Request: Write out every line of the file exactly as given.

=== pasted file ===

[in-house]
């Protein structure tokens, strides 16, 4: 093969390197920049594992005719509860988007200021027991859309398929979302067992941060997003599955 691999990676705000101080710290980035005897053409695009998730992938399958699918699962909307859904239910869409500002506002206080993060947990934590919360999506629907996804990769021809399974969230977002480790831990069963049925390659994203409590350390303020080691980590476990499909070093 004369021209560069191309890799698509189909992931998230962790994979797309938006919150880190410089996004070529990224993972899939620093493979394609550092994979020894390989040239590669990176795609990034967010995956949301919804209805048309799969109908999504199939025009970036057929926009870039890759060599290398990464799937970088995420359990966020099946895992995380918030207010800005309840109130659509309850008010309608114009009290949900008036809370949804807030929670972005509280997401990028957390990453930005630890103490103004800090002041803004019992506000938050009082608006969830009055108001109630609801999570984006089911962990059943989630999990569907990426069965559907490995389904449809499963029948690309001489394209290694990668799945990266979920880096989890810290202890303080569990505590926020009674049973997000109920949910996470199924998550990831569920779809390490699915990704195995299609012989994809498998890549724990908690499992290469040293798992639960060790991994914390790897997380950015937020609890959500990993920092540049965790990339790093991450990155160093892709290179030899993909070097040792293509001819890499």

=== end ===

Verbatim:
[in-house]
């Protein structure tokens, strides 16, 4: 093969390197920049594992005719509860988007200021027991859309398929979302067992941060997003599955 691999990676705000101080710290980035005897053409695009998730992938399958699918699962909307859904239910869409500002506002206080993060947990934590919360999506629907996804990769021809399974969230977002480790831990069963049925390659994203409590350390303020080691980590476990499909070093 004369021209560069191309890799698509189909992931998230962790994979797309938006919150880190410089996004070529990224993972899939620093493979394609550092994979020894390989040239590669990176795609990034967010995956949301919804209805048309799969109908999504199939025009970036057929926009870039890759060599290398990464799937970088995420359990966020099946895992995380918030207010800005309840109130659509309850008010309608114009009290949900008036809370949804807030929670972005509280997401990028957390990453930005630890103490103004800090002041803004019992506000938050009082608006969830009055108001109630609801999570984006089911962990059943989630999990569907990426069965559907490995389904449809499963029948690309001489394209290694990668799945990266979920880096989890810290202890303080569990505590926020009674049973997000109920949910996470199924998550990831569920779809390490699915990704195995299609012989994809498998890549724990908690499992290469040293798992639960060790991994914390790897997380950015937020609890959500990993920092540049965790990339790093991450990155160093892709290179030899993909070097040792293509001819890499």